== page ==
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Will cloudy skies dim the eclipse over the Carolinas?

Rare double eclipse captured in space

NASA's Solar Dynamics Observatory captured video of a double solar eclipse from space. SDO caught both Earth and the moon passing in front of the sun on the morning of September 1.
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NASA's Solar Dynamics Observatory captured video of a double solar eclipse from space. SDO caught both Earth and the moon passing in front of the sun on the morning of September 1.

A sky cover forecast updated early Wednesday by the National Weather Service in Greer, S.C., casts a little gloom over Monday’s total solar eclipse in the Carolinas.

There’s a 50 to 60 percent chance of clouds in the Greenville office’s forecast area of western North Carolina and northwestern South Carolina, including areas that will be in total eclipse Monday afternoon.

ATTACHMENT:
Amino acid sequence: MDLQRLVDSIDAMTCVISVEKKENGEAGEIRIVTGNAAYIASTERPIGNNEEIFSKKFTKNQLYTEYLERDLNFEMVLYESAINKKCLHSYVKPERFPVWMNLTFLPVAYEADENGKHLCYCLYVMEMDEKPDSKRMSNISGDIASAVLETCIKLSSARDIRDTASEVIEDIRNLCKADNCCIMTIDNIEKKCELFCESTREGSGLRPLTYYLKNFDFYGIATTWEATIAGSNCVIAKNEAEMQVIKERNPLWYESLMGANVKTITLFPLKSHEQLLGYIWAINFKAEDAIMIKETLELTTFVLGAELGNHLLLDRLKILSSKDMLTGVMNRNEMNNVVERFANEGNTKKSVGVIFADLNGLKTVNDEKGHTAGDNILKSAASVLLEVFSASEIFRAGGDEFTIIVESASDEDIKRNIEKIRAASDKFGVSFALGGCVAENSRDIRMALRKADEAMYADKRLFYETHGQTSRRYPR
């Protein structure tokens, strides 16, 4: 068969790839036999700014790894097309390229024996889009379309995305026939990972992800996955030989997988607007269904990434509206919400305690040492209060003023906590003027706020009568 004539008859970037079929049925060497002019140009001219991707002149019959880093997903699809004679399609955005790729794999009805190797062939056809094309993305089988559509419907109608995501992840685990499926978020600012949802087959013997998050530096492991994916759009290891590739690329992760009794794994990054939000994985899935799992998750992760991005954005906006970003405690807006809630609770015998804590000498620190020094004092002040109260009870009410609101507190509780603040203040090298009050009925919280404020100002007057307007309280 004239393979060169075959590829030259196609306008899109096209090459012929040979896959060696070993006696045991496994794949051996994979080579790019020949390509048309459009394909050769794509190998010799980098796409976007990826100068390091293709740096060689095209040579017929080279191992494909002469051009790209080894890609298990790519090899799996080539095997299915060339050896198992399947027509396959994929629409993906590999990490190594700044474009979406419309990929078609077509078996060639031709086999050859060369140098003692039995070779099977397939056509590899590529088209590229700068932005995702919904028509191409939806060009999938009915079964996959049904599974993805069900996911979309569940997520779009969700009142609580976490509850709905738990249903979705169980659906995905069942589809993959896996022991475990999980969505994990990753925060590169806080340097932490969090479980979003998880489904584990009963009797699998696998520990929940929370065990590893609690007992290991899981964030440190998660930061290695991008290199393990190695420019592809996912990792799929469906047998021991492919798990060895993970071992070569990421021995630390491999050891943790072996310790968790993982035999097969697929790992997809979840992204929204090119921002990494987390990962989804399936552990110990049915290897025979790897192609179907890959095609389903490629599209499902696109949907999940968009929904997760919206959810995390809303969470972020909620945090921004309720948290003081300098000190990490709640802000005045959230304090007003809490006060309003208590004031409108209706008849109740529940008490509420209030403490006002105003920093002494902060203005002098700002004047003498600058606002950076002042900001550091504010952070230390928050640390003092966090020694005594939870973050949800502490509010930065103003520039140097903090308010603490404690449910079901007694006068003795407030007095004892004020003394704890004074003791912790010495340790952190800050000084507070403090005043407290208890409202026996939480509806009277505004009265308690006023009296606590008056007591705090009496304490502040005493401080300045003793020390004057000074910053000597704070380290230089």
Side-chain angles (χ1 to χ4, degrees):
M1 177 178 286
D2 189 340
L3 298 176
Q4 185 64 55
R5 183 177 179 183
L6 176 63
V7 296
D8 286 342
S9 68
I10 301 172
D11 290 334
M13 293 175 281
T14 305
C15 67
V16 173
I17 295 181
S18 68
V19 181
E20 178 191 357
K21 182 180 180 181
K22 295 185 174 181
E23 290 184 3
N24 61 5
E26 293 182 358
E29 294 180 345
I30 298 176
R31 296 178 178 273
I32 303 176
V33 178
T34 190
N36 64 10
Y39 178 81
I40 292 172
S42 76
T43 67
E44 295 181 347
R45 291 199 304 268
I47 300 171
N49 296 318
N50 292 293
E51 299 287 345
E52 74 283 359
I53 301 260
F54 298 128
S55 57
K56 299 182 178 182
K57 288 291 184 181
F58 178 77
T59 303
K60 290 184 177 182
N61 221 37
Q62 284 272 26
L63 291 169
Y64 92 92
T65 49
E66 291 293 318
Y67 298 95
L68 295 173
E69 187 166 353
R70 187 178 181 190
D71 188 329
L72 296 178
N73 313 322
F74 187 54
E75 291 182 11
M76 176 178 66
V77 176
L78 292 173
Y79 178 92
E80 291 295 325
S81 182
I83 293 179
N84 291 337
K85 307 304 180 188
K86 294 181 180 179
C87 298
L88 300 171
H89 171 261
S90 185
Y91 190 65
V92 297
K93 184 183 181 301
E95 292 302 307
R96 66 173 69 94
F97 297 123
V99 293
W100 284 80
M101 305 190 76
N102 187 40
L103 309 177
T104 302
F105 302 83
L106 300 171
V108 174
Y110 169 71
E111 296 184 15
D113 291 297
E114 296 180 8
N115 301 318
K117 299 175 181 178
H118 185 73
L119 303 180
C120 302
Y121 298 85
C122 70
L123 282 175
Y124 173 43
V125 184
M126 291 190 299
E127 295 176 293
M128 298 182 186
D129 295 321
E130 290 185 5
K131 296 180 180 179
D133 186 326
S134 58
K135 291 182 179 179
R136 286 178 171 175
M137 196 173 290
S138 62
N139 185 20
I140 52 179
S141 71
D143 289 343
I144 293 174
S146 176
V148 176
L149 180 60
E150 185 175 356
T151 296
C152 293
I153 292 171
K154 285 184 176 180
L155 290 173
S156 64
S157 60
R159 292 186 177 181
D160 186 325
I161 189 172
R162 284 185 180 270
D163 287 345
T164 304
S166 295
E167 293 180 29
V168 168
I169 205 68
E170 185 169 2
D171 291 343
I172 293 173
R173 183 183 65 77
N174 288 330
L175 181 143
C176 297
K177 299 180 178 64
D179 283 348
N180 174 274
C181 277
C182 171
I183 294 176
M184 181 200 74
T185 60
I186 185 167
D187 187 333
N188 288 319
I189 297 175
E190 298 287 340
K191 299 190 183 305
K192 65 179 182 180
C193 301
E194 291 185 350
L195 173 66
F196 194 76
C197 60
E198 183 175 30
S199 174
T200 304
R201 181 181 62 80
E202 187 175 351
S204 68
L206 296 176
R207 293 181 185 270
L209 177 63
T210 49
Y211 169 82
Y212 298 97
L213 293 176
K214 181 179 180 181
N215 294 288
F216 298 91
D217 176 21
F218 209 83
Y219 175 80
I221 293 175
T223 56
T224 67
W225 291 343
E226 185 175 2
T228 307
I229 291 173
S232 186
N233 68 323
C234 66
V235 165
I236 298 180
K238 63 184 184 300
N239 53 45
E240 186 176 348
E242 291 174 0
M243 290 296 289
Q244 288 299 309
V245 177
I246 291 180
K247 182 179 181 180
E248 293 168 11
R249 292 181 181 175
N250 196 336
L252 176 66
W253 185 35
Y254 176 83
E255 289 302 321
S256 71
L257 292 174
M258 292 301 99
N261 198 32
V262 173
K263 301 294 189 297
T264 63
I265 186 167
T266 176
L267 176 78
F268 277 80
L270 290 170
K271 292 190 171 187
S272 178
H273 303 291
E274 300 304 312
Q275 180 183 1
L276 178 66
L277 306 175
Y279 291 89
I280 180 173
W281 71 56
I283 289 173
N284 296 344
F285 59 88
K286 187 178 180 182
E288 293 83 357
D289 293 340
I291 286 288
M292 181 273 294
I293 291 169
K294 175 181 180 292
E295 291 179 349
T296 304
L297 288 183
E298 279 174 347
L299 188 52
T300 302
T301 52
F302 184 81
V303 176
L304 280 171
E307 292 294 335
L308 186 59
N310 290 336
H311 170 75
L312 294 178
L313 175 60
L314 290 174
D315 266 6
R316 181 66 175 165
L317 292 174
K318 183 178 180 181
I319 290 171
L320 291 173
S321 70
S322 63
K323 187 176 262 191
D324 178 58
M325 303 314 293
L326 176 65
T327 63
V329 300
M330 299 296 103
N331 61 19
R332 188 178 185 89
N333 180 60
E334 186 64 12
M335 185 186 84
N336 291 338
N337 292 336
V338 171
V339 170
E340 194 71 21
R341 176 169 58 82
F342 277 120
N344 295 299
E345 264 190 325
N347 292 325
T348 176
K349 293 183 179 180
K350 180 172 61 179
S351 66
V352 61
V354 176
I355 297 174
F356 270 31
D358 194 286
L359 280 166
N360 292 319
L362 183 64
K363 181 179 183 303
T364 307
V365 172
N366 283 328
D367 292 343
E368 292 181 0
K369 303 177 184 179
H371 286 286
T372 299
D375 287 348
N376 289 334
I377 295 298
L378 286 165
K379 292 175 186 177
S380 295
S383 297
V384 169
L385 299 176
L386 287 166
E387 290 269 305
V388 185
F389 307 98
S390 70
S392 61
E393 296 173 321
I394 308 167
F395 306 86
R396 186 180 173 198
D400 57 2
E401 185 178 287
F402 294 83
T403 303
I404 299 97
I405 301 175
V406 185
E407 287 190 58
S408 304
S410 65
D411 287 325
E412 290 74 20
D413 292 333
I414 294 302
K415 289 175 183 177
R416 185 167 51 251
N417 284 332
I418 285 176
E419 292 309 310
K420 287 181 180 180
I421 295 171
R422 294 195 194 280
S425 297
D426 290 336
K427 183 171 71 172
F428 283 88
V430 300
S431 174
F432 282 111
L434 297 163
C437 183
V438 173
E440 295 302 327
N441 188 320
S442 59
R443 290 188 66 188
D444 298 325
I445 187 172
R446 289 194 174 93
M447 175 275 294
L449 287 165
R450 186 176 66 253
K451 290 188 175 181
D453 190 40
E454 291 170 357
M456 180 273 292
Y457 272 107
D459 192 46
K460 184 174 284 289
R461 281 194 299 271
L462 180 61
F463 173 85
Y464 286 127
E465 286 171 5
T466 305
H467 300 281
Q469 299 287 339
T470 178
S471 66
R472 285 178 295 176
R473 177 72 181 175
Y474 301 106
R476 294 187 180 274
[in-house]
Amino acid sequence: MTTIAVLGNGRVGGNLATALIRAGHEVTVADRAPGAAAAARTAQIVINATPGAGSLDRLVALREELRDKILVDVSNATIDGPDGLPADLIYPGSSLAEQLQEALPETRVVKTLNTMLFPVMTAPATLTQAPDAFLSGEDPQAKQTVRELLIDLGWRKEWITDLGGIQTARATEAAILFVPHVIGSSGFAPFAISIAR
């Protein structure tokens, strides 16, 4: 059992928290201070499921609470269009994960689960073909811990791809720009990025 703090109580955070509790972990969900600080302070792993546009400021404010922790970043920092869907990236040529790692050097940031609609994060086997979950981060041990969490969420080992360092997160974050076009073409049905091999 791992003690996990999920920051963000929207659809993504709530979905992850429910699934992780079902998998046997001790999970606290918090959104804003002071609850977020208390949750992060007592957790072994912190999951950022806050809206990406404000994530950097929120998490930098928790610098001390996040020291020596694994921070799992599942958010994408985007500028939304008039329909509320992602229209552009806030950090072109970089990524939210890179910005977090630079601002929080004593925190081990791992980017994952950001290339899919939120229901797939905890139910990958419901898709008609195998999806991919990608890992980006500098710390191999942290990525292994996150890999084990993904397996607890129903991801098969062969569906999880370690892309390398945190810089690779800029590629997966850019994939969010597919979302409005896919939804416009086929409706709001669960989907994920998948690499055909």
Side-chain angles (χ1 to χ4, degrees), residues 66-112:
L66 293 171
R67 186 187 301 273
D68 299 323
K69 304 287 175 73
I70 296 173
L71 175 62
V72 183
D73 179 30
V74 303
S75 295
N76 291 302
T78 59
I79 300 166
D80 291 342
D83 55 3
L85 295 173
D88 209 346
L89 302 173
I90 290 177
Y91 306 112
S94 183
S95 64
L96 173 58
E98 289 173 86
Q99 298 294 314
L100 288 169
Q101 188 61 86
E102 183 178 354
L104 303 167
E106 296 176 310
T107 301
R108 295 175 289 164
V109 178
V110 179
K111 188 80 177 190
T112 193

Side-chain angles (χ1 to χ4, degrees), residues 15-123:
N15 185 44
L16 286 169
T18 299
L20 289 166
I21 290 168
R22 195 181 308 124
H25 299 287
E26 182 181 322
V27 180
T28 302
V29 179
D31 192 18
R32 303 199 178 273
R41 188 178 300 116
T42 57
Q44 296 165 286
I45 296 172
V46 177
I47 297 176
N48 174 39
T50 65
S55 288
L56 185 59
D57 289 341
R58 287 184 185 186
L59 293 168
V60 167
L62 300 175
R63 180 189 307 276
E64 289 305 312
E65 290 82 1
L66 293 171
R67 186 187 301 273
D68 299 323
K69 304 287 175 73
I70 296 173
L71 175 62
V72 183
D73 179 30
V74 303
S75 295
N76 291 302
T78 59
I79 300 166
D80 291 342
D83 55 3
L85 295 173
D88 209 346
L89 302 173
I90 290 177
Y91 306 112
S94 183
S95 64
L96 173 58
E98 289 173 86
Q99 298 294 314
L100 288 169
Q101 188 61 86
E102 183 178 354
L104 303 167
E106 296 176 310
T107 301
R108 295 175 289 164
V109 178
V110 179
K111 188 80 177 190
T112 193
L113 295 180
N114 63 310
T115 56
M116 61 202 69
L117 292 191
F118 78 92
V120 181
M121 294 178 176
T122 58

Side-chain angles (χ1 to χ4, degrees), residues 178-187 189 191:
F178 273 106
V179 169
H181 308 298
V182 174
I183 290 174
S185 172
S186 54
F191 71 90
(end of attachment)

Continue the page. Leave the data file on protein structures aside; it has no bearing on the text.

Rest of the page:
But forecaster Lauren Carroll adds that the weather models being used do a poor job of predicting cloud clover. Likely conditions will come into sharper focus later this week.

As it now stands, there’s a slightly greater than normal chance of showers and thunderstorms Monday, Carroll said. A front is expected to be over the area and its precise location will be key. Parked farther to the north, more clouds would be expected. If it stays farther south, clear skies become more likely.

In the Columbia area, which is eclipse-central for South Carolina, forecasters say there is 40 percent chance of rain, possibly after the eclipse peaks at about 2:40 p.m. There’s a 60 to 70 percent chance of puffy cumulus clouds in the afternoon.

That could change over the next few days. And warning coordination meteorologist John Quagliariello with the weather service advises eclipse viewers to stay the course for now.

“This far out, I wouldn’t be changing travel plans,” he said.

Bruce Henderson: 704-358-5051, @bhender

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